After years of leading the movement to eradicate the slave trade, Wilberforce’s bill finally passed in the House of Commons in 1804 and the House of Lords in 1807. Plaques recording Wilberforce’s visits to Bath can be found outside 36 Great Pulteney Street and 9 North Parade.
George III’s son Frederick came to Bath in 1795 where he presided over the opening of the new Pump Room at the baths. It was during this visit that he also received the Freedom of the City.
Bath seems to have made a lasting impact on the prince, returning to Bath a year later with his wife, Princess Frederica Charlotte of Prussia, to stay at No 16 Royal Crescent. Despite taking part in Bath’s prolific gambling scene at the time, the prince’s presence in the city was apparently very well received by society. Hannah More wrote that the prince and his wife were “almost inhabitants, and very sober and proper their behaviour.”
Prior to the prince’s visits to Bath, the Royal Crescent was only referred to as The Crescent. It has been suggested that the term ‘Royal’ was added to the name following the prince’s visits. The Royal Crescent Hotel that presides over numbers 15 – 17 has consequently named a hotel suite after the prince’s associations with Bath.
Events to look out for this summer
To mark the 250th anniversary, the Bath Preservation Trust has planned a series of events and exhibitions for people to get involved with over the coming months . . .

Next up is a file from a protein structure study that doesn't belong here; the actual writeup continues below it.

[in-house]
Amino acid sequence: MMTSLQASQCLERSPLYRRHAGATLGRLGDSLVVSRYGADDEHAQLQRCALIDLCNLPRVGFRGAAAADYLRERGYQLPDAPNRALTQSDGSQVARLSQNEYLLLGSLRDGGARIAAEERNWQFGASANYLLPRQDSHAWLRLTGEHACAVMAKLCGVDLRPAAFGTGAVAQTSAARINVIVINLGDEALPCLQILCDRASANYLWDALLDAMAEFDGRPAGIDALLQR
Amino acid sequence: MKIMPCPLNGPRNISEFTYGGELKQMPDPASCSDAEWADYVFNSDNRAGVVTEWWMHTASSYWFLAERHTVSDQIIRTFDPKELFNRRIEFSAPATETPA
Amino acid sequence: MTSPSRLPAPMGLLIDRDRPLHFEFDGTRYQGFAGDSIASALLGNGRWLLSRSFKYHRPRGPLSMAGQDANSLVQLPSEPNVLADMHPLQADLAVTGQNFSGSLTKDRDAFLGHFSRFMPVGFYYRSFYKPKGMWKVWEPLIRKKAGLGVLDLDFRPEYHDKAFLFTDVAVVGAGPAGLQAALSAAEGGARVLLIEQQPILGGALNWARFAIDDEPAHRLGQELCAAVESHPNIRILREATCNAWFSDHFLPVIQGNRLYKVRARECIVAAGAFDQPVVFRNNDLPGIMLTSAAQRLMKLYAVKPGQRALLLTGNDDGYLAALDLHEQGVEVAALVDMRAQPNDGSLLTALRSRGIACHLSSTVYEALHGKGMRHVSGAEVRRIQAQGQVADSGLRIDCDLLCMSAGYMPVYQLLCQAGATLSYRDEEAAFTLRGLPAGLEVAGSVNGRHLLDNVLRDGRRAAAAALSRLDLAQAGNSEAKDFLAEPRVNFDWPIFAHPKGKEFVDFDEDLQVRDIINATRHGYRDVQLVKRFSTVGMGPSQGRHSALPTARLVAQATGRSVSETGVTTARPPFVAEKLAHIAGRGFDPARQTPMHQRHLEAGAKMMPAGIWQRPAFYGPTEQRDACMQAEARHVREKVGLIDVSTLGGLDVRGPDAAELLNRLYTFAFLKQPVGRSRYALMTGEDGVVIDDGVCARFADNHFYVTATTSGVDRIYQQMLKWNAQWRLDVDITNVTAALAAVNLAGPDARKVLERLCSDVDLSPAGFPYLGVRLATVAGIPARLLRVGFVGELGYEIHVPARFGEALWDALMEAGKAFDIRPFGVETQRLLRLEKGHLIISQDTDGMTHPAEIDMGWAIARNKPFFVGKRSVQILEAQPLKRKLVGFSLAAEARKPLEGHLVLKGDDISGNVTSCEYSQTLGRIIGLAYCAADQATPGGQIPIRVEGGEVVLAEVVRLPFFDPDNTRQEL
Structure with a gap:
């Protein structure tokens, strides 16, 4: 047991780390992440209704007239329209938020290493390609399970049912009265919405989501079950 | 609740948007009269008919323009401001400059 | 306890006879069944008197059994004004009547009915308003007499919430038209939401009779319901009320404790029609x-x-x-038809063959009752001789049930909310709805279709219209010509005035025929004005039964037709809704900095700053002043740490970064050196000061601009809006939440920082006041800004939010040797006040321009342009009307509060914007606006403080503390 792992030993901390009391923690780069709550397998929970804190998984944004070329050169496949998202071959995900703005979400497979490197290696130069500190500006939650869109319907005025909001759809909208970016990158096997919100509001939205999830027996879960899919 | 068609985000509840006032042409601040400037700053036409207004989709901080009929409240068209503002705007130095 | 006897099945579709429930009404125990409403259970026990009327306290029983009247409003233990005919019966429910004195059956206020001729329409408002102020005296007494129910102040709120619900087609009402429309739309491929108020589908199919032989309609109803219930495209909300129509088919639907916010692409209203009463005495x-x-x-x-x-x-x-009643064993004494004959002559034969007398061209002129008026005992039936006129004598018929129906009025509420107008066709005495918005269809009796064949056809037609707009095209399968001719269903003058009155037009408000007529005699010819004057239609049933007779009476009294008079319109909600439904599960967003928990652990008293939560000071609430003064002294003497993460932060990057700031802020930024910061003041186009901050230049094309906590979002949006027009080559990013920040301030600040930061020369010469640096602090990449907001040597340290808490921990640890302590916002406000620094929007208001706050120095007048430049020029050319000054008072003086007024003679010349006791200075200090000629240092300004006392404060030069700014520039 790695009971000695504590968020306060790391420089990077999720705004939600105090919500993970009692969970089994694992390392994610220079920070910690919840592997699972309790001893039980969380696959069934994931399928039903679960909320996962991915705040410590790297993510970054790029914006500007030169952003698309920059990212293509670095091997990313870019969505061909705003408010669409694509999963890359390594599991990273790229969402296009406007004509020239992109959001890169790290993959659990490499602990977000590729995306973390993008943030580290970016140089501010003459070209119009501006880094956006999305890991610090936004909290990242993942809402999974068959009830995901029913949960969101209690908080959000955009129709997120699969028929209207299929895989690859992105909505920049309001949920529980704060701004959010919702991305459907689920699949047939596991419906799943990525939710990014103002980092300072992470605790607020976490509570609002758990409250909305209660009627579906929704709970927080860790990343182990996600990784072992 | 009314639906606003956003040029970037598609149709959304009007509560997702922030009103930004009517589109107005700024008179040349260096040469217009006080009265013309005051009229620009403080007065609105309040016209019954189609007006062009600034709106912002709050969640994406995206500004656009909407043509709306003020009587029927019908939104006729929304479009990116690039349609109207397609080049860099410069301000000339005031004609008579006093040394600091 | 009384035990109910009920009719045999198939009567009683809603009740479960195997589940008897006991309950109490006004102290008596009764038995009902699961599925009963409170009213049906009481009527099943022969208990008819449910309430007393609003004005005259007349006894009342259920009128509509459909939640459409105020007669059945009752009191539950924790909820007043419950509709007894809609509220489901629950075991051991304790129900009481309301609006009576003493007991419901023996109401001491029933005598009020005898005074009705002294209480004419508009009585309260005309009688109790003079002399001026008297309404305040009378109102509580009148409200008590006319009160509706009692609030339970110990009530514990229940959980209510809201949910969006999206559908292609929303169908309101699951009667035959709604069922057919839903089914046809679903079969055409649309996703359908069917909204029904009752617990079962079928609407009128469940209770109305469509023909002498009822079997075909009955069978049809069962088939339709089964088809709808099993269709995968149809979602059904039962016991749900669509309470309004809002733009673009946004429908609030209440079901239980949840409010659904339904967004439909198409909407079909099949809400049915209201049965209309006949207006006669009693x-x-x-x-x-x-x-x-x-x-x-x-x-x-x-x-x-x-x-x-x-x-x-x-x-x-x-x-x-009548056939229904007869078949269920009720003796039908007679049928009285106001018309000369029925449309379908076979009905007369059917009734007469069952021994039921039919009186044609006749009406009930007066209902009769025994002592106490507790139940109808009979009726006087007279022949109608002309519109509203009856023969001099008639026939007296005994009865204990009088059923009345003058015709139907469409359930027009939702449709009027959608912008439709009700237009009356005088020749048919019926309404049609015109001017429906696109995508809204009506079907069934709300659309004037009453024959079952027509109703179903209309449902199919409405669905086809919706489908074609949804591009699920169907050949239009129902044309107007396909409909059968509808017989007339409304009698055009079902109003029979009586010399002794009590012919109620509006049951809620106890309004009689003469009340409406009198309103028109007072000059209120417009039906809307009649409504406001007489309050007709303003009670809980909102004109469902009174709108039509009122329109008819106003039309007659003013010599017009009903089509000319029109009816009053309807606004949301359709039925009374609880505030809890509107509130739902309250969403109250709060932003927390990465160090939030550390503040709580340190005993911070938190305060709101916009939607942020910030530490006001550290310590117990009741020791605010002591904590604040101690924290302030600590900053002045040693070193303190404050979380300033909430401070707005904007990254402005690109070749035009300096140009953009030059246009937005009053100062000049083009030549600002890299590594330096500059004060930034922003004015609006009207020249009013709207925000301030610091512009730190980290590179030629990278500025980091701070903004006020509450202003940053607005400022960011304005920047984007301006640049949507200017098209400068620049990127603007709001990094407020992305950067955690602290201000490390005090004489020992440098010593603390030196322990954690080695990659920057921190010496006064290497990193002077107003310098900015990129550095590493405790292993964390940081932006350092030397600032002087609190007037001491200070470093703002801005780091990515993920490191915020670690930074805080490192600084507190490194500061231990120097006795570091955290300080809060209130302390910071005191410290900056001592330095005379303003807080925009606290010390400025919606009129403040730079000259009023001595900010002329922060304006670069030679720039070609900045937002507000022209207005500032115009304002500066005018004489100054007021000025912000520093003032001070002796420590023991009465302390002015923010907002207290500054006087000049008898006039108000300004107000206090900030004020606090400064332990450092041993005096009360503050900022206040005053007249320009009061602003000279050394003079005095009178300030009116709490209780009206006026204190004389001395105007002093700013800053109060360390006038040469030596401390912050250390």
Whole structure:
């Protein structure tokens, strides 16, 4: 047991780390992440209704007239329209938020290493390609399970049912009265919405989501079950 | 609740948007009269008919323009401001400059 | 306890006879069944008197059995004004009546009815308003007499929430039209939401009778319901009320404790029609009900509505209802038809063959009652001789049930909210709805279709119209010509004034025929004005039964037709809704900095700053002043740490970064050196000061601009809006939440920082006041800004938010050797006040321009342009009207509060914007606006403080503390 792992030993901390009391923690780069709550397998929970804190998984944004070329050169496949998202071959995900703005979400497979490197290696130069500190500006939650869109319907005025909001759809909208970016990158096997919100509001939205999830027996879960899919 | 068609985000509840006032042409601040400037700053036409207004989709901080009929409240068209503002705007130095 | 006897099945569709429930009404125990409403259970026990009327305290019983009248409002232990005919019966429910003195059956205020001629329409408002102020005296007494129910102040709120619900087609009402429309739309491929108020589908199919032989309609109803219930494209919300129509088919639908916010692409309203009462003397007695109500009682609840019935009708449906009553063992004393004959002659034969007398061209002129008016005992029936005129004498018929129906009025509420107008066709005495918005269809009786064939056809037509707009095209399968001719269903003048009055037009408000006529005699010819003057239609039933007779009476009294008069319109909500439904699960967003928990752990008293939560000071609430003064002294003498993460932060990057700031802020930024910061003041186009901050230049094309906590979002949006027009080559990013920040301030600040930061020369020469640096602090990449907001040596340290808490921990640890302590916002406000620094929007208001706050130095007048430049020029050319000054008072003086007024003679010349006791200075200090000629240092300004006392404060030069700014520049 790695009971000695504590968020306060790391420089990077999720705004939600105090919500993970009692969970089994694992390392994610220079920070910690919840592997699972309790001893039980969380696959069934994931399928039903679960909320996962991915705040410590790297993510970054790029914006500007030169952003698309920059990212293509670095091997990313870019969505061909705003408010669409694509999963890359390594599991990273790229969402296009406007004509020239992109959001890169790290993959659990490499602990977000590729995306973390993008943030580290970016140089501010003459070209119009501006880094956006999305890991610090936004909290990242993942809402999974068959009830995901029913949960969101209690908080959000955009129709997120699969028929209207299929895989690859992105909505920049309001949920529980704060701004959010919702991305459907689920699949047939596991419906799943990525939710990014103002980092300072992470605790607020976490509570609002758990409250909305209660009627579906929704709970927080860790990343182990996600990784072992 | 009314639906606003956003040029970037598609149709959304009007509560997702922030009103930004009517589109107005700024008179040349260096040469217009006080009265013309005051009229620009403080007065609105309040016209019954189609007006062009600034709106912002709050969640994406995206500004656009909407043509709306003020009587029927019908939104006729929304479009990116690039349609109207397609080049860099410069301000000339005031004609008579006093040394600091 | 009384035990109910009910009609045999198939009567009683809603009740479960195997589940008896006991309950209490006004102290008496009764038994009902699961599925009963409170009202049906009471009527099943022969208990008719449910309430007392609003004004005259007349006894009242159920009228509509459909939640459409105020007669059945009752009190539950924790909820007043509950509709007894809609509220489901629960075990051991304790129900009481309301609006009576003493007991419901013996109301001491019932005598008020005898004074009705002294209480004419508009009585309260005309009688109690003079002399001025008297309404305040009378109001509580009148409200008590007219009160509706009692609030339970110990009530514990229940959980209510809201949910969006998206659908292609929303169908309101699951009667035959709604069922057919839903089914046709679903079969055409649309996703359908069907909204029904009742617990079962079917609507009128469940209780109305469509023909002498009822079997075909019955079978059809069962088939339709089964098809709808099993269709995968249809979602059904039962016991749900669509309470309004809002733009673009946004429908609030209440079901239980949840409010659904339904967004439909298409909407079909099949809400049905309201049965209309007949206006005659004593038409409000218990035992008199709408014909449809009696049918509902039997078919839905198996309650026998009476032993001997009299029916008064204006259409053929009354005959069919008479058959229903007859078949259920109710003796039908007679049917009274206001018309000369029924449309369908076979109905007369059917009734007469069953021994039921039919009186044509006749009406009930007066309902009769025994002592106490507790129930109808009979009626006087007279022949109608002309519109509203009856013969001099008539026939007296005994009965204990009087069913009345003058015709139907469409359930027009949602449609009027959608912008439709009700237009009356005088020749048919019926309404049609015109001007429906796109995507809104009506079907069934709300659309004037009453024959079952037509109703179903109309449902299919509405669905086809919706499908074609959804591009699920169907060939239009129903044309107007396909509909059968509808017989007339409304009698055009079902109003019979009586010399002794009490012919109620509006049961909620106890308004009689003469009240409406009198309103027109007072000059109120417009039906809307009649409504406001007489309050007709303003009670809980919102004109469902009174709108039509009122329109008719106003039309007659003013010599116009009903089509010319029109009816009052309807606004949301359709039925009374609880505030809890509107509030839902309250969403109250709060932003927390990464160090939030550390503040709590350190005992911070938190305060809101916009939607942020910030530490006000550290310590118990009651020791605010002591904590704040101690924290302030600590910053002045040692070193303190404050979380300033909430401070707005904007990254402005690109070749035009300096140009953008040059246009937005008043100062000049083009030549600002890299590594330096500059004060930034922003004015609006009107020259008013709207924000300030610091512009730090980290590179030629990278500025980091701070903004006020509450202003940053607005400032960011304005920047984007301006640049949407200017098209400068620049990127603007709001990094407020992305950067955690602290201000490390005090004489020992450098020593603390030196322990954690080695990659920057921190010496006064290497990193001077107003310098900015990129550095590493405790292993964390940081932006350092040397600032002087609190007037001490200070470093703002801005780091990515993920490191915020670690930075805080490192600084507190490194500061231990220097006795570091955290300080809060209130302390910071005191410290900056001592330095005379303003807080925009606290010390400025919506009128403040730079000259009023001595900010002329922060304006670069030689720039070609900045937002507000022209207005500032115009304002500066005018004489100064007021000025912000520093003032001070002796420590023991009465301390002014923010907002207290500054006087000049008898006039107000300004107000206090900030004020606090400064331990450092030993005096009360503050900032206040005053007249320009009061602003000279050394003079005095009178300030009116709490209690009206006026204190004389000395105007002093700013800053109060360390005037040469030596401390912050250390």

Party in the City, Friday 19 May, 7 – 10pm, No 1 Royal Crescent
Coinciding with Bath Festival’s Party in the City, the front of No 1 Royal Crescent will be illuminated with poetry. There will also be a free performance by poets and musicians in the Servants’ Hall.
Foundation Stone Family day, Sunday 21 May, 11am – 3pm, on the Royal Crescent
Witness the procession of the foundation stone as it is paraded up through the city centre from Widcombe at 11am by the Natural Theatre Company, before being laid near to where the building of the Royal Crescent first began. Discover how it was built through live demonstrations, plus Bath Spa University students will be giving walking tours throughout the day. There will also be plenty of family activities happening inside No 1 Royal Crescent.
From Rome to the Royal Crescent, on until 4 June at No 1 Royal Crescent
This exhibition traces the evolution of classical architecture from ancient Rome, up to the modern designs of 18th century British buildings through the beautiful work of model maker Timothy Richards. Visit: no1royalcrescent.org.uk.
The Royal Crescent Deconstructed/Reconstructed, on until 4 June at the Museum of Bath Architecture
In this enlightening installation, visitors can explore the design and craftsmanship of No 1 Royal Crescent through a replica of the building that has been broken into pieces. Included in admission to the museum. Visit: museumofbatharchitecture.org.uk.
A Day in the Life of the Royal Crescent, Saturday 29 July, 11am – 3pm, on the Royal Crescent
Bring along a picnic and join in the events designed for the whole family to enjoy on the Royal Crescent – plus there won’t be any cars around. The Natural Theatre Company will be retelling the stories of previous residents and live music will take place throughout the day. Free for all.